25About midnight Paul and Silas were praying and singing hymns to God, and the prisoners were listening to them. 26Suddenly there was an earthquake, so violent that the foundations of the prison were shaken; and immediately all the doors were opened and everyone’s chains were unfastened. 27When the jailer woke up and saw the prison doors wide open, he drew his sword and was about to kill himself, since he supposed that the prisoners had escaped. 28But Paul shouted in a loud voice, “Do not harm yourself, for we are all here.” 29The jailer called for lights, and rushing in, he fell down trembling before Paul and Silas. 30Then he brought them outside and said, “Sirs, what must I do to be saved?” 31They answered, “Believe on the Lord Jesus, and you will be saved, you and your household.” 32They spoke the word of the Lord to him and to all who were in his house. 33At the same hour of the night he took them and washed their wounds; then he and his entire family were baptized without delay. 34He brought them up into the house and set food before them; and he and his entire household rejoiced that he had become a believer in God.
Saturday, May 19. 2007
There are certain persons - politicians - who have come to believe that they understand how all the activities of everybody in the world happen, and how these actions interact, and believe that they can direct this interaction better that the individuals themselves can acting in their own sphere of knowledge and interest.
There are two big problems with this approach, generally:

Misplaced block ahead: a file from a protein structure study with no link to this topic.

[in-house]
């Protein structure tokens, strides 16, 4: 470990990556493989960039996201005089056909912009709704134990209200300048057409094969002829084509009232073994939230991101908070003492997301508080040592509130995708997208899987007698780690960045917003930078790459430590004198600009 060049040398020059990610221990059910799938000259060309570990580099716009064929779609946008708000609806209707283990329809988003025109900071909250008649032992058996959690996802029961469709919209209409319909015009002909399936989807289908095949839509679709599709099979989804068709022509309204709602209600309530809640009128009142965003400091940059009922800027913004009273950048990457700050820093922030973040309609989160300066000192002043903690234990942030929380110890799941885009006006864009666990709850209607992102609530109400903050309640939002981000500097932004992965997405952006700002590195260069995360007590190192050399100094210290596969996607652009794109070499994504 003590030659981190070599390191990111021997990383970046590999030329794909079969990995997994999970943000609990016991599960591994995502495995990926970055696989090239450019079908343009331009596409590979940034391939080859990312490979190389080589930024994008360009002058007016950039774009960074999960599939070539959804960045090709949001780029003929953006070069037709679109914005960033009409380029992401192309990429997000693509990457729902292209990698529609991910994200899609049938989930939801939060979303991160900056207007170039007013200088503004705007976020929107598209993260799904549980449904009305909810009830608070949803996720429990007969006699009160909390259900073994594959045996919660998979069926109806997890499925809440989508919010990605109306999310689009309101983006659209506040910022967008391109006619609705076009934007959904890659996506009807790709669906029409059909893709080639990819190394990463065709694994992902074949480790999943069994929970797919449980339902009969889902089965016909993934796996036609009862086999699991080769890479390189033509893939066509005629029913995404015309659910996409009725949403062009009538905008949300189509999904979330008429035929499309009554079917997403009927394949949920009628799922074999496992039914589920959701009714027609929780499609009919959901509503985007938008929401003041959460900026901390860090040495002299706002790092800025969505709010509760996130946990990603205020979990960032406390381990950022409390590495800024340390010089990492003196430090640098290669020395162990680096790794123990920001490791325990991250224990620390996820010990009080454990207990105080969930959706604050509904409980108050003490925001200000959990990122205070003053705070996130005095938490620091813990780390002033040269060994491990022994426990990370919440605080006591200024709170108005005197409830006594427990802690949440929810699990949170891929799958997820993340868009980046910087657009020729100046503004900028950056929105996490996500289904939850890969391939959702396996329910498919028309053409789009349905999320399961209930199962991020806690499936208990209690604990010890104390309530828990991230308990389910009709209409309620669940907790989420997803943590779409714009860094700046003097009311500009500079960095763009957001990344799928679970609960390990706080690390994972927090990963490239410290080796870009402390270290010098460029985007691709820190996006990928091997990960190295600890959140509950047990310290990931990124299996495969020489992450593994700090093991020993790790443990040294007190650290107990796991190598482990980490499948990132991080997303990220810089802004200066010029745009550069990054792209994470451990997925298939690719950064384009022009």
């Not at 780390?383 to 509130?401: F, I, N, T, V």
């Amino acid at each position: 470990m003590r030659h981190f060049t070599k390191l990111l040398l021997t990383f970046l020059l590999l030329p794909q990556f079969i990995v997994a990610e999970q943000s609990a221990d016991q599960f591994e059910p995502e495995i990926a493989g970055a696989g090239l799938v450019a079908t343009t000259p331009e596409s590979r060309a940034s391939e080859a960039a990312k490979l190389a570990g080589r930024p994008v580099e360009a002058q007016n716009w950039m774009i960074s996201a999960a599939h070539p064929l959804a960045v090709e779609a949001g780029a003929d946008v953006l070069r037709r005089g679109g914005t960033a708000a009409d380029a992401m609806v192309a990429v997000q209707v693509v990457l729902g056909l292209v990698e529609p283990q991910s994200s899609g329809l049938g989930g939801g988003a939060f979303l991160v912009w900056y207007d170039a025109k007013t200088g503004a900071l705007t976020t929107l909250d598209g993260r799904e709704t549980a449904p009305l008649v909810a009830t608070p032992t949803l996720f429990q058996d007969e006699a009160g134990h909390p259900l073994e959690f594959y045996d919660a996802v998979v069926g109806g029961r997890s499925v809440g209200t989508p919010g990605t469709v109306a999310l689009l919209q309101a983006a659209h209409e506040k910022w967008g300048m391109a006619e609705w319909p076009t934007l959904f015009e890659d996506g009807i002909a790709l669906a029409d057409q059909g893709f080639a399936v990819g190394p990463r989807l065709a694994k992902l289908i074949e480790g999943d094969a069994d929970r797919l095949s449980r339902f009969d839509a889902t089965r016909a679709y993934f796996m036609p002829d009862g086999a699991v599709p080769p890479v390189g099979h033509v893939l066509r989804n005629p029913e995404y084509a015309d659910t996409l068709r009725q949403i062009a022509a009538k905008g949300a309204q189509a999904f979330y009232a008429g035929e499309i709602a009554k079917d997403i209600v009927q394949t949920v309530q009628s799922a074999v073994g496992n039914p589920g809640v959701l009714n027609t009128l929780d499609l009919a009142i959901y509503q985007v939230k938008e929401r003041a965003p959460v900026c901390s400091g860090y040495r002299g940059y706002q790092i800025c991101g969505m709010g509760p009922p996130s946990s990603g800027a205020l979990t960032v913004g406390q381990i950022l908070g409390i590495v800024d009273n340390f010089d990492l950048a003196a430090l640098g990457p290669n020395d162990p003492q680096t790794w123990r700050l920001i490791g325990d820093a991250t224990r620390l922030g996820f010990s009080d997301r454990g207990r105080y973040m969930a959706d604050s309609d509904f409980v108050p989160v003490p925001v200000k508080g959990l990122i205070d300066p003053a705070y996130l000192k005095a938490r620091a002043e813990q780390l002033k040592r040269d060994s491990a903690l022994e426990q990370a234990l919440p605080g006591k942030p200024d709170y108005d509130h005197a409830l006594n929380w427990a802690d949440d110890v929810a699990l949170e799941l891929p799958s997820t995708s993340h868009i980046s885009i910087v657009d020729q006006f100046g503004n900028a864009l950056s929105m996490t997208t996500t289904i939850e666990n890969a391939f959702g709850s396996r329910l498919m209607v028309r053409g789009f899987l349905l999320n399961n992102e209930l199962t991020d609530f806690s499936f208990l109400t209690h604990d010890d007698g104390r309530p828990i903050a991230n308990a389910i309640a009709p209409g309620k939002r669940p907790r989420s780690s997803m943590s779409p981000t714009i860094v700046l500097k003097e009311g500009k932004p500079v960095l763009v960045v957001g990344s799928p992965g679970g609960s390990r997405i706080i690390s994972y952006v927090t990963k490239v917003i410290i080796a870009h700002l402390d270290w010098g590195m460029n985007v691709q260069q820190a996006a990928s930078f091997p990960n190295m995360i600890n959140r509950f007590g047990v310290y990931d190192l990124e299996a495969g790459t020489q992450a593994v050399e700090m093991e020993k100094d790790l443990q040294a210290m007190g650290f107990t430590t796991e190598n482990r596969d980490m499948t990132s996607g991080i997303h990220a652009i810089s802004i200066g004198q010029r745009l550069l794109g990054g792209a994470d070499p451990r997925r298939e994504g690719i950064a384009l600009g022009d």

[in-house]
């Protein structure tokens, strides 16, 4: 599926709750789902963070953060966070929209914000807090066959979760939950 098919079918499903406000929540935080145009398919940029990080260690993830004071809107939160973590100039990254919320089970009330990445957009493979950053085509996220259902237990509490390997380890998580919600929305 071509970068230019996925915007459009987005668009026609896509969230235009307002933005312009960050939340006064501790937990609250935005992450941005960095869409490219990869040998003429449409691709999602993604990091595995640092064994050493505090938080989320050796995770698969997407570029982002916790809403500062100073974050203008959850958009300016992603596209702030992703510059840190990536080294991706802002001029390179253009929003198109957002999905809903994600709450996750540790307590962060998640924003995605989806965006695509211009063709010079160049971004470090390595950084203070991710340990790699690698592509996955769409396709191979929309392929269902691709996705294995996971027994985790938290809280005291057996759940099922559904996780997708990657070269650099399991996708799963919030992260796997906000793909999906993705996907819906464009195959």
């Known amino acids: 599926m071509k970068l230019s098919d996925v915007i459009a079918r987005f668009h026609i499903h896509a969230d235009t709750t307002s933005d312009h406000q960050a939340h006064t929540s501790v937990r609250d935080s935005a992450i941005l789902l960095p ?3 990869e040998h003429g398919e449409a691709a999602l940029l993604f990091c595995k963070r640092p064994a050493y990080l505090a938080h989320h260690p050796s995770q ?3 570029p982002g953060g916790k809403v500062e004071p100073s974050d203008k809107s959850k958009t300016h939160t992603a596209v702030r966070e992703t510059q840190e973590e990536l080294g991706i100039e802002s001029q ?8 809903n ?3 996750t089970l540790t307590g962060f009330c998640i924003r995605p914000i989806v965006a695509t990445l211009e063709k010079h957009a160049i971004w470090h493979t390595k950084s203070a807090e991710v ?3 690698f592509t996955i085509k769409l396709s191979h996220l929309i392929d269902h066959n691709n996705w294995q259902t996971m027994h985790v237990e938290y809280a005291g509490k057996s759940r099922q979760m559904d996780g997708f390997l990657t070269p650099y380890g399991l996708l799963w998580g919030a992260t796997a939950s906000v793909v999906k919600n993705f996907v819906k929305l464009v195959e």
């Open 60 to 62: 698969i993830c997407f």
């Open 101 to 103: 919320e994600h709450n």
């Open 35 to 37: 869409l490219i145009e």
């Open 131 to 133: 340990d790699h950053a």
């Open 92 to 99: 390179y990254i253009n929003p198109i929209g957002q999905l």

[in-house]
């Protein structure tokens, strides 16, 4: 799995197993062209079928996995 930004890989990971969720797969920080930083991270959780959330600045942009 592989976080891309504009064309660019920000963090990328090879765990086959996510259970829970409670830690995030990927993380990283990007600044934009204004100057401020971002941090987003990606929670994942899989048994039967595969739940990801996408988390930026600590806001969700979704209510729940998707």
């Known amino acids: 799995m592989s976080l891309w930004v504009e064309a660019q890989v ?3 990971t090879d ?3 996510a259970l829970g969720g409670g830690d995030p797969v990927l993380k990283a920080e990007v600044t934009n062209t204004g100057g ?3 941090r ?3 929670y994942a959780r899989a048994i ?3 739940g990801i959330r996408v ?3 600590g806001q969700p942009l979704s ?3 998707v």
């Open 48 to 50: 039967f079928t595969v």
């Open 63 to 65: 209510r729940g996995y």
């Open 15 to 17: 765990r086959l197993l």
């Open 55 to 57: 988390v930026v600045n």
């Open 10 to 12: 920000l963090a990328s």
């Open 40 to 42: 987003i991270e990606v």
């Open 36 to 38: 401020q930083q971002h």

First, you have no idea what you're talking about. About much of anything. You've never really worked a day in your life. You have only the faintest idea about how the average person gets by in this world. Polite persons are silent when they are ignorant. What does that make you?
Second, even if your knowledge, such as it is, is able to inform your decisions about what we're all supposed to be doing, We can't all stand still while you figure out all the forms we've got to fill out. I know you love standing in line. Check that -- you adore having us all standing in lines you get to cut to the front of. And you adore filling out forms. Check that; you just love having us fill out forms you get to weigh and shred, after extracting the check. And you just wet yourself in glee thinking about endless talking about what to do, rather than the endless doing required of we benighted souls if we're going to get three hots and a cot until we get the bed with a lid.
All bad managers don't like anything unauthorized to happen. That's why the worst managers, the communists, wrote it down for you: If you're not directed to do it, it's illegal. Got that? They just did wholesale what all politicians do retail: pass laws all day long. Sooner or later, everything will be "decided" either way.